If you haven’t yet been caught up in the Midwest Shapeshifter series, now’s the time to find this delightful urban paranormal fantasy thriller with a side dish of hot romance. Or is it a hot paranormal romance with a side dish of fantasy thriller? Either way, the work of Deb Elliott is highly entertaining, and well worth your time and money. I was lucky enough to interview her yesterday about her exciting new Shapeshifter series.
Genta: Thank you, Ms. Elliott, for this interview. I have so many questions about the complex characters you’ve created, both inside and out of law enforcement.
DE: Thanks so much for taking the time and interest in my series and the main character!
Genta: First of all, congratulations on DJ Jesseray, one of the more complete women detectives I’ve encountered lately. Can you explain DJ, give us an idea of where she came from and what she’s about?
DE: DJ’s as real a character as I can make her. She has highs and lows, triumphs, quirks and doubts. She’s a woman of the upper Midwest, raised with those values and in a loving family; humor and people are important to her.
Genta: Is she based on any people you’ve known? If so, what traits were most important? Will they recognize themselves in DJ?
DE: Yes, she’s the amalgamation of several people I know; she’s persistent, loyal, observative; inwardly emotional, yet outwardly logical; self-aware, and stubborn. None of us have that quality! J
Genta: DJ, in both animal and human form, is a highly sexual character. Those are some pretty hot sex scenes you’ve written. Is there more hot sex coming up in your next book?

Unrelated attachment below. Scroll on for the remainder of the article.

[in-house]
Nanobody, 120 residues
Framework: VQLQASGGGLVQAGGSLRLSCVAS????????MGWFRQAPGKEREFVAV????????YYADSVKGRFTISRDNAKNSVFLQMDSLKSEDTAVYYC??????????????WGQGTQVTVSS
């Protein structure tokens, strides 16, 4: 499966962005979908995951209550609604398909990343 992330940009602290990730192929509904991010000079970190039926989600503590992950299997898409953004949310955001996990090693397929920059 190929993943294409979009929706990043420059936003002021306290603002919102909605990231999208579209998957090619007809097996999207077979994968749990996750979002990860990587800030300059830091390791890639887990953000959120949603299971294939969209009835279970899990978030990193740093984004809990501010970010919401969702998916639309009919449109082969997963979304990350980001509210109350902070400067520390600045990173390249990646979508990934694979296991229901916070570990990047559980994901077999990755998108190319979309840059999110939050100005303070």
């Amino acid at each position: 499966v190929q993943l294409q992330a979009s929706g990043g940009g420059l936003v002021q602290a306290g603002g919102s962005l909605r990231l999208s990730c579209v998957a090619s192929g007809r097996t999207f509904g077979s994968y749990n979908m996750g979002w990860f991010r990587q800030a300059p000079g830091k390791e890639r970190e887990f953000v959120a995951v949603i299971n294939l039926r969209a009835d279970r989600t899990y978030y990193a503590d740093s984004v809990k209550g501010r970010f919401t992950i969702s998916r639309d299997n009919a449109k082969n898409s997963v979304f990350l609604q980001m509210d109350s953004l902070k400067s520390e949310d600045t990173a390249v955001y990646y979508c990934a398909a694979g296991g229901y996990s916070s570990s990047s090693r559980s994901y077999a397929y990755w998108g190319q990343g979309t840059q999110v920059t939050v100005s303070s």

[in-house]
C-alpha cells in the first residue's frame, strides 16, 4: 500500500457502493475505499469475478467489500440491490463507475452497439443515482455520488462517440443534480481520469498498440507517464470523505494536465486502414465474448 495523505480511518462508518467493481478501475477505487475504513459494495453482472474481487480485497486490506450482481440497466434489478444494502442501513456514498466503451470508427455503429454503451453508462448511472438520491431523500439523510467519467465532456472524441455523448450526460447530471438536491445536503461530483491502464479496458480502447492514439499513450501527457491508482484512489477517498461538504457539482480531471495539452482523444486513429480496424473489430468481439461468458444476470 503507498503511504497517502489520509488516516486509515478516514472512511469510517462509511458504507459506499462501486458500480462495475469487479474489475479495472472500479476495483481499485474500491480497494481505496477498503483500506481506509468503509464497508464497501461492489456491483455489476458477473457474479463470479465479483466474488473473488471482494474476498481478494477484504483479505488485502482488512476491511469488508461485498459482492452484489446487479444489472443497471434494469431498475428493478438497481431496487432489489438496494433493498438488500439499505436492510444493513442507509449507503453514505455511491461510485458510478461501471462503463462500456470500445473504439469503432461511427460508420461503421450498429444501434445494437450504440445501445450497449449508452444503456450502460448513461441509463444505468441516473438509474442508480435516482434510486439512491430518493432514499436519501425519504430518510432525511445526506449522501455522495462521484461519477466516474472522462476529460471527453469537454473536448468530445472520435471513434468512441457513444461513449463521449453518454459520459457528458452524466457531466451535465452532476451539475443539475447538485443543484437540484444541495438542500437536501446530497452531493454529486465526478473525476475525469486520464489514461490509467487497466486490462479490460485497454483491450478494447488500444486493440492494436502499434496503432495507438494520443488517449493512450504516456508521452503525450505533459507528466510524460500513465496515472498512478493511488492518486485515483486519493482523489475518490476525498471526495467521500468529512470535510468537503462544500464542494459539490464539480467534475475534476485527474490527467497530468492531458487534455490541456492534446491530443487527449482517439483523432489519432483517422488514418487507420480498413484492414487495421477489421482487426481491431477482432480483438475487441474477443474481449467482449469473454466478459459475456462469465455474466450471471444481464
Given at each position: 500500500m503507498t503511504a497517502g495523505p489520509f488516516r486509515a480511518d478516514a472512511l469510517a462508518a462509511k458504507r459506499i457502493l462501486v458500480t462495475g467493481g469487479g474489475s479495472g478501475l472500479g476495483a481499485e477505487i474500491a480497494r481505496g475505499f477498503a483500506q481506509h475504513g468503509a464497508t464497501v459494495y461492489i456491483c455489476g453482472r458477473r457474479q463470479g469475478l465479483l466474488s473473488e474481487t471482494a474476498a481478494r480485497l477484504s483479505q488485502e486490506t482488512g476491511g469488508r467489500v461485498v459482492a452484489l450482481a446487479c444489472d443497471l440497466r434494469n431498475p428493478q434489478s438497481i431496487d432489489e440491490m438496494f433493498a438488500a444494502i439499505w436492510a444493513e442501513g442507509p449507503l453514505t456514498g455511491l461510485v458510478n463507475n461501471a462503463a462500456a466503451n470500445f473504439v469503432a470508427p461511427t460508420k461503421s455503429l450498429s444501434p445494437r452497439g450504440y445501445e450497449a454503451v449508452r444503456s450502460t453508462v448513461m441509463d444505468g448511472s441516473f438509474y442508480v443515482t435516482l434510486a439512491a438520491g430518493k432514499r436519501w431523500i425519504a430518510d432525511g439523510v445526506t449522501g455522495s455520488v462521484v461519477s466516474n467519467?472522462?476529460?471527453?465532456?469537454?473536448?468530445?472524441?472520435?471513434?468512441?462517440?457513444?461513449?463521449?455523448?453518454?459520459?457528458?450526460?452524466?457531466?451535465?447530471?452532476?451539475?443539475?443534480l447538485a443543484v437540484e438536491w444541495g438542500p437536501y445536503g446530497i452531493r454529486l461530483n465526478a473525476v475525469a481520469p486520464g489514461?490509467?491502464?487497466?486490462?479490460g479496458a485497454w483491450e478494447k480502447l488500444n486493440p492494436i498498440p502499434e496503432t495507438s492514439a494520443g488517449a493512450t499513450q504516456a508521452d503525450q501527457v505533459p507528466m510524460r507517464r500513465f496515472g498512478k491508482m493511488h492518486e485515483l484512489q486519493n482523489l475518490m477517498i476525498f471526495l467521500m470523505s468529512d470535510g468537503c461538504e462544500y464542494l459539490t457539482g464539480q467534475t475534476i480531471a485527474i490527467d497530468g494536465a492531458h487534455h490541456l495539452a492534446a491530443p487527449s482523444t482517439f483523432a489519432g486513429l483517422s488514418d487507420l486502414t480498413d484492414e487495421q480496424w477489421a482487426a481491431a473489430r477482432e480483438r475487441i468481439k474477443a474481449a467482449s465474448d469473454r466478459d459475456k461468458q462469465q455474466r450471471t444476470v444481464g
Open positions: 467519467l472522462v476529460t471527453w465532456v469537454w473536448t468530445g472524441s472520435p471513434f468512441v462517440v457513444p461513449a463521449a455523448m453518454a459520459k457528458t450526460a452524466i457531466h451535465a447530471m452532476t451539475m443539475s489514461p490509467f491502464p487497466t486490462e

DE: Not as much, as the sexuality is in keeping with what drives of the story. Since the books follow her life, the things that take up and demand her attention will reflect that. I’m a great believer in verisimilitude, and not just sex or violence for the sake of sex and violence.
Genta: The other characters in your books are notably memorable. There’s sweet Jordan Burke who doesn’t understand what’s happened to his former partner, but loves her nonetheless. I particularly like Tiny, the FBI agent who becomes her closest friend. I also love Tristan, the British white lion shapeshifter DJ is linked to following a mating ritual that saves her life, and Joseph Amundsen, occasional polar bear and head of the North American Pack Strike Force. Will you tell us more about them? Who is your favorite, and why?
DE: I like Tiny best, simply because he gets to have so much fun at DJ’s expense, and yet, he has his human moments, when he can be kind of a jerk and still be supportive too.
Genta: When did you start writing? What made you begin?
DE: Fifth grade. I started writing poetry, but I became a bibliophile as soon as I learned to read; I think that reading goes hand in hand with writing for most of us who do it. As an adult, I started writing a romance when I started teaching, but teaching is practically 24/7 while the school year is on, so I had to give it up. Then, when writing became my focus as a profession, I needed more extraverted hobbies for a time to balance out that side of my nature. Finally, I realized that work was never going to completely satisfy my deep urge to create, and that’s when I really started to get serious about writing fiction.